It was Friday morning, the the 15th of September, 2017, as we headed out on the N7 highway, with very little traffic and the going was much easier than anticipated; time was around 8:30AM.
We were not rushed and drove at a leisurely pace to Philadelphia, where we turned left towards the West Coast and passed the historical farm Keert De Koe. This is where we saw the first of many man-made owl-nests. This stretch is just 4.7km. We turned right into the R304, the old road to Darling and travelled for 7.3km, passing through a leafy tunnel formed by huge saligna trees and turned right into Saxonwold Road. We passed the Waldorf school to our left and saw many more owl’s nests. The effort to re-establish owls is encouraging. Following this road, we entered another “tree tunnel” and promptly found El Lions to our right, after having covered 4,1km.
Arriving at the gate shortly after us, were Marius De Vos and Marinda Holtzhausen, who had facilitated the day’s educational visit. We passed through the electric gate and saw a few peacocks doing their prouncing. We parked under gigantic trees next to a large khoi dam, where we were introduced to owners Mario and Lona. We were surrounded by woodlands alternated by expansive lawns and grasslands, with spring flowers blossoming. The setting was picturesque and the two ladies, Karen and Niki, soon took to doing some photography.
As other guests arrived, we were introduced and invited to the lapa, a tented wooden structure made of home-grown saligna and hand-built by Marco. It did not ask but estimate that it can seat approximately seventy guests, maybe more. In the centre is a lovely built-in fireplace and in the one corner, a very neat bar counter from where we were served light snacks and coffee.
We were then taken on a walk to view the facilities and were shown a number of 1-bedroom apartments, each with a sofa, kitchenette, bedroom with double bed, wardrobe and a bathroom with toilet, basin and shower, all very neat and presentable. Each has a two-seater wooden table outside.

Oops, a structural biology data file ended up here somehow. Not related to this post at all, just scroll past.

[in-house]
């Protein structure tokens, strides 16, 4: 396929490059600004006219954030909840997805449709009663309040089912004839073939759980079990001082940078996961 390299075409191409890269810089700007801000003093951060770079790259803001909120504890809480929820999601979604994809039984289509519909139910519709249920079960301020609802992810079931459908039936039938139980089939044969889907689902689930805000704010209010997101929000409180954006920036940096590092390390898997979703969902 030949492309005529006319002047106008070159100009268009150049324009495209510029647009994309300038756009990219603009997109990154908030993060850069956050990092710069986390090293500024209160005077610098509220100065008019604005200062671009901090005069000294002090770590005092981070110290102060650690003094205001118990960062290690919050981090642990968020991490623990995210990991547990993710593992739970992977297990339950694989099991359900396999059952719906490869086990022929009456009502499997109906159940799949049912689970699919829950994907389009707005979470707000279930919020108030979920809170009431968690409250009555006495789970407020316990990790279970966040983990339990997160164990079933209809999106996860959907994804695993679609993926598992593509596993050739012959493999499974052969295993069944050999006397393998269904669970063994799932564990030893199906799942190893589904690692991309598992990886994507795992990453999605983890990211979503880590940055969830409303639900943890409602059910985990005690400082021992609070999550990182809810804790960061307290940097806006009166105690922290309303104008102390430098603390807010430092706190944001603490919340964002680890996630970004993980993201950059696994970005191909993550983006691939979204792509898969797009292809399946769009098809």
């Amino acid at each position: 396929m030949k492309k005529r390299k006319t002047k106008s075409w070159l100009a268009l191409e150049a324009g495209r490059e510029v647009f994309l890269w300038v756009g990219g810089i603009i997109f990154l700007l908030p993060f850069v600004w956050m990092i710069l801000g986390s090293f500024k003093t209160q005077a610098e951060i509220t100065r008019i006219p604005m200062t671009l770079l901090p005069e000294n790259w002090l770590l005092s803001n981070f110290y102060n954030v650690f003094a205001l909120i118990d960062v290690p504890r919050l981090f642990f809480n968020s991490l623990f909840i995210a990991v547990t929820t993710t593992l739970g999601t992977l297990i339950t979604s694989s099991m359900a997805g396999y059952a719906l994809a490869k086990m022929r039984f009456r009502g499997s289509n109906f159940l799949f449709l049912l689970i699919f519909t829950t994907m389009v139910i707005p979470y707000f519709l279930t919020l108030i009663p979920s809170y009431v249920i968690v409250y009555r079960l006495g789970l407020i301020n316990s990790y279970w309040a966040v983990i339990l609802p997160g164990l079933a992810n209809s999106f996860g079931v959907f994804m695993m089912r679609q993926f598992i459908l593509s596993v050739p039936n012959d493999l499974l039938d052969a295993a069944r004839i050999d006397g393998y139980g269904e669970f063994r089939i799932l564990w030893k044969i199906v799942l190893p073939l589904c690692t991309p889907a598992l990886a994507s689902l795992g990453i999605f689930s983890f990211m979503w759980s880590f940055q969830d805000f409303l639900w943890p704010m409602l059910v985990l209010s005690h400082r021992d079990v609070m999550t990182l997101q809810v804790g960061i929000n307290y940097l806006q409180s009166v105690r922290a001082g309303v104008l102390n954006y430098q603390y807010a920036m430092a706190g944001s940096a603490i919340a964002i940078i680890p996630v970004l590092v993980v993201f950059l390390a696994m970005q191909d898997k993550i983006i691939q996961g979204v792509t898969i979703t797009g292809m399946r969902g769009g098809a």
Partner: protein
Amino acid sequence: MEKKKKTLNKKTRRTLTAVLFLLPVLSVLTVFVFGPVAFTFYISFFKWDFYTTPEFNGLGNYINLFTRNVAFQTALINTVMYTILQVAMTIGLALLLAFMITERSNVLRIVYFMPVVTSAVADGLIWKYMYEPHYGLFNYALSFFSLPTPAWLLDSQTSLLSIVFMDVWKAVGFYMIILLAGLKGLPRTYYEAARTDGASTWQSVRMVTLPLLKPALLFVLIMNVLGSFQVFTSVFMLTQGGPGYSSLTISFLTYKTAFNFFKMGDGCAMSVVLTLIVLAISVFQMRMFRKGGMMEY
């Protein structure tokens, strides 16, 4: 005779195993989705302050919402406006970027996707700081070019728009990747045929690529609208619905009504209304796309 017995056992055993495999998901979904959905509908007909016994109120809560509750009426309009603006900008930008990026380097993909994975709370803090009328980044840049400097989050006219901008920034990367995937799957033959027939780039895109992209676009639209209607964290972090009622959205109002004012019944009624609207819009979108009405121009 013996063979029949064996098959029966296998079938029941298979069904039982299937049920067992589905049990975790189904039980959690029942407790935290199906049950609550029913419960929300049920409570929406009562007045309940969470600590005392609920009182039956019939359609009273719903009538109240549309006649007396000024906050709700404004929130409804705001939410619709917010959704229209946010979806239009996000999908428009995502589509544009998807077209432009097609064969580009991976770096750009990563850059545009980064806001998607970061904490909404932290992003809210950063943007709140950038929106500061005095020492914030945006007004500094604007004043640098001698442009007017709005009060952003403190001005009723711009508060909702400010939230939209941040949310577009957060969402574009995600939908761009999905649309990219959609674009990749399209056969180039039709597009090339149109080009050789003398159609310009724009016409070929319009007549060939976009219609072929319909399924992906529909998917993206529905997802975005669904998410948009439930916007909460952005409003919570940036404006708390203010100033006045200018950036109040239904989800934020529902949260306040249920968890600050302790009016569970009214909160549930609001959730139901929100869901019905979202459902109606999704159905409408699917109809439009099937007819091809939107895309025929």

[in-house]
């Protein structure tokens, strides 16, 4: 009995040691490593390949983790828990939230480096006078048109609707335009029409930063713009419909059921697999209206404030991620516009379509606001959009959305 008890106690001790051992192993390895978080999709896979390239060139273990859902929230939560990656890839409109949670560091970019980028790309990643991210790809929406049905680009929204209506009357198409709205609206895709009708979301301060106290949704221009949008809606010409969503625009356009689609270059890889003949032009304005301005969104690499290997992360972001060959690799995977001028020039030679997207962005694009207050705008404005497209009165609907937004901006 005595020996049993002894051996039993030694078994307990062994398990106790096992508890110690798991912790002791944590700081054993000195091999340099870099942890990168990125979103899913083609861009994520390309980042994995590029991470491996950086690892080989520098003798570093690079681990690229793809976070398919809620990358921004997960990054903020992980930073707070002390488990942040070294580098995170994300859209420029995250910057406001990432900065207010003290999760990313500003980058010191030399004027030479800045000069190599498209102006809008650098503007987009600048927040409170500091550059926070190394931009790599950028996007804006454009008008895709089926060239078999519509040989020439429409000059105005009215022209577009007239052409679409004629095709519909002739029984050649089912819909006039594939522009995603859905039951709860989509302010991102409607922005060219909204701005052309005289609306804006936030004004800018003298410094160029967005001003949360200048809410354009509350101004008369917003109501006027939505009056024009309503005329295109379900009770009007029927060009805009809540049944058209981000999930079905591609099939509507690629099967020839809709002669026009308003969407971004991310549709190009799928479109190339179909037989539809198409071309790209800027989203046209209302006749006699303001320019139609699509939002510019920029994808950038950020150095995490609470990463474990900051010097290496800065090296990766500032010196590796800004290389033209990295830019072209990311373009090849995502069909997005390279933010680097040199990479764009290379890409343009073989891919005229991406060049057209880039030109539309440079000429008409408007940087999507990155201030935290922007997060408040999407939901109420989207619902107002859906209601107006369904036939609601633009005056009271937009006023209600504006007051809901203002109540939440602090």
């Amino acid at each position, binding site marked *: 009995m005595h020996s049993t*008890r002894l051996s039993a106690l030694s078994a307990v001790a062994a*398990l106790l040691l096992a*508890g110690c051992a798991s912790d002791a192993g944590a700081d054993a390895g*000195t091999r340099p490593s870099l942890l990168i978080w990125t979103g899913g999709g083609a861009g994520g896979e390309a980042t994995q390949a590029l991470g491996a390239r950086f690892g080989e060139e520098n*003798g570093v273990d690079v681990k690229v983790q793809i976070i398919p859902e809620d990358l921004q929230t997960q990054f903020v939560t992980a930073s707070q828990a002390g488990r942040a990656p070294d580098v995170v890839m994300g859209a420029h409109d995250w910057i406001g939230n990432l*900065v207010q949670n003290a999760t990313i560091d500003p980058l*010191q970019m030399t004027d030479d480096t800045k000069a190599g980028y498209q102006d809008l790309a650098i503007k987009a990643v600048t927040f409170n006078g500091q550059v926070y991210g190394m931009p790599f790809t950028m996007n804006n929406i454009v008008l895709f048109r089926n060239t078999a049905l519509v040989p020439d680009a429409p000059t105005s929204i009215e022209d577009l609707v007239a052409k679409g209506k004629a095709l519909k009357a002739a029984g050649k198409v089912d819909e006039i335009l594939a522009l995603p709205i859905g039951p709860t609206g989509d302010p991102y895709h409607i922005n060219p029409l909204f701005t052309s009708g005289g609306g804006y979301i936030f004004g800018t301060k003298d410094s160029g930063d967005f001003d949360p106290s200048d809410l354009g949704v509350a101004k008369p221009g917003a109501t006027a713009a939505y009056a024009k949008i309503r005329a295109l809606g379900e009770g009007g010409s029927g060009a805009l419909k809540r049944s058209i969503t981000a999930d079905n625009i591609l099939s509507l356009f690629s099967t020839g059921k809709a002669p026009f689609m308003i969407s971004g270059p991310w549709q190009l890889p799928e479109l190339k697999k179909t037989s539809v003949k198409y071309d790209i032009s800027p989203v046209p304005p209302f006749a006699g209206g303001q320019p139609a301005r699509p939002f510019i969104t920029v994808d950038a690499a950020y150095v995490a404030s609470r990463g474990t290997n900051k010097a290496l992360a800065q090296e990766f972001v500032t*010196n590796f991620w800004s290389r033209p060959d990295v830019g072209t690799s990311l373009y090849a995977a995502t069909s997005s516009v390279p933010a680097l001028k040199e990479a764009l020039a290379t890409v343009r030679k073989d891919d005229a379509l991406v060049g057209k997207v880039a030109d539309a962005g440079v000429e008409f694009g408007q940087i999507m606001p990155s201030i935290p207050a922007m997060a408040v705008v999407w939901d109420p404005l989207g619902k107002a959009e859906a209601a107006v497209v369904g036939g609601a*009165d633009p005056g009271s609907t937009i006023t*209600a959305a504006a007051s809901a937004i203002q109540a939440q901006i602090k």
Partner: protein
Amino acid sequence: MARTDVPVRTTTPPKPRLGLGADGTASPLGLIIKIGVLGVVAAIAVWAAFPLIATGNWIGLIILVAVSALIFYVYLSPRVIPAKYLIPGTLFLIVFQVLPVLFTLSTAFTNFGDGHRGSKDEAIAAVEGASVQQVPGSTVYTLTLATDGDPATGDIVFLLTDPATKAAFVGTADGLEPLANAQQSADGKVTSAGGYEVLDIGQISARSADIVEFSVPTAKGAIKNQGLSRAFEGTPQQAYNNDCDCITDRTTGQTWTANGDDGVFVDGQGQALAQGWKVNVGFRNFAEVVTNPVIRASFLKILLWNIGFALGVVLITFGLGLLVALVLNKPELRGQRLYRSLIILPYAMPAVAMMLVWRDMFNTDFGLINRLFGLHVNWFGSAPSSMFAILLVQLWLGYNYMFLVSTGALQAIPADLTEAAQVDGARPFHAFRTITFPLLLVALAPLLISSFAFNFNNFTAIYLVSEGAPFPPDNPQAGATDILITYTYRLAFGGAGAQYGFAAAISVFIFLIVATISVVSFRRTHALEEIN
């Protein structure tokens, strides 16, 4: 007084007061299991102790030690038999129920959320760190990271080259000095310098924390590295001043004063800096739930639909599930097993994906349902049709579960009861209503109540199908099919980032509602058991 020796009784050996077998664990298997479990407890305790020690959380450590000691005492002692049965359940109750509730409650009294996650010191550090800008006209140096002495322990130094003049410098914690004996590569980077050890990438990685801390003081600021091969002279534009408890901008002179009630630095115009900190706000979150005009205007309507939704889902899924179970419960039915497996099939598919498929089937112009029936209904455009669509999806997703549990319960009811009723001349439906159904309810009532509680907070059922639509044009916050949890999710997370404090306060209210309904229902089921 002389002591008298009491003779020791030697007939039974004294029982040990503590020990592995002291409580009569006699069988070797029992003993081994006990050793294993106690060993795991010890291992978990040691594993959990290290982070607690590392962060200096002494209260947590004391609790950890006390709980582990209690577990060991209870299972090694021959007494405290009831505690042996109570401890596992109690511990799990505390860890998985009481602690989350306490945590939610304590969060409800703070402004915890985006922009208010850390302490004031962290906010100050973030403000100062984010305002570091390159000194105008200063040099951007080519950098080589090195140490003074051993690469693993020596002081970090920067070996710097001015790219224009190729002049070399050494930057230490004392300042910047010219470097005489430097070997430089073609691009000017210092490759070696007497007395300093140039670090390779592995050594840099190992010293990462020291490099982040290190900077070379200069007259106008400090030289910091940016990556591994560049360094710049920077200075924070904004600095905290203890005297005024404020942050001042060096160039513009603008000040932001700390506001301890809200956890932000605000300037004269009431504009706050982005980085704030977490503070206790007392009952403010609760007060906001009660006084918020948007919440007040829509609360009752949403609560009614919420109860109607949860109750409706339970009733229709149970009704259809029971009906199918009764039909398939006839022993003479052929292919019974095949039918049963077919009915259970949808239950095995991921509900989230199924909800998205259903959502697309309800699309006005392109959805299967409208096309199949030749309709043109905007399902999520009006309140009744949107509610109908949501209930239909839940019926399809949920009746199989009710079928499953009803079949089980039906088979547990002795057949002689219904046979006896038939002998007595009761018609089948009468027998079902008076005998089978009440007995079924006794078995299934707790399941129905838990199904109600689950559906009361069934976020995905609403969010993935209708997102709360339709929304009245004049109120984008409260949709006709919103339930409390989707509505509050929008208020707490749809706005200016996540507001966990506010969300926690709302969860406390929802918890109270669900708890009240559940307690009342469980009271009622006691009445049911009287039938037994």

From there, we went to the conference centre consisting of two one-bedroom apartments that can also be used as a two-bedroom apartment, with a lovely lounge, there are two bathrooms and two kicthens, of which one interleads into the fairly large conference room.
We also viewed the thirty stables converted into sleeping rooms with two double bunk beds each, a shared kitchen and his & hers bathrooms, each with several showers, toilets and basins. As in all the other facilities, wood sourced from the premises have been used, expertly crafted by owner Mario Baragona.
Finally, there is an indoor swimming pool, pool table and other leisure amenities.
El Lions is set in rustic woodlands covering 21 hectares and there is ample space for team building, mountain biking, quad biking, jogging and other physical activities. There are various braai spots as well as an amphitheatre with a plinthed fireplace at its centre – formerly used as a lunging ring for training racehorses. As someone remarked, there has to be a place where Khumbaya can be sung under a starlit sky.
Groups of twenty or more are welcome and El Lions would be ideal for church-, school-, youth-, cultural- and corporate groups for conferences, team building and training.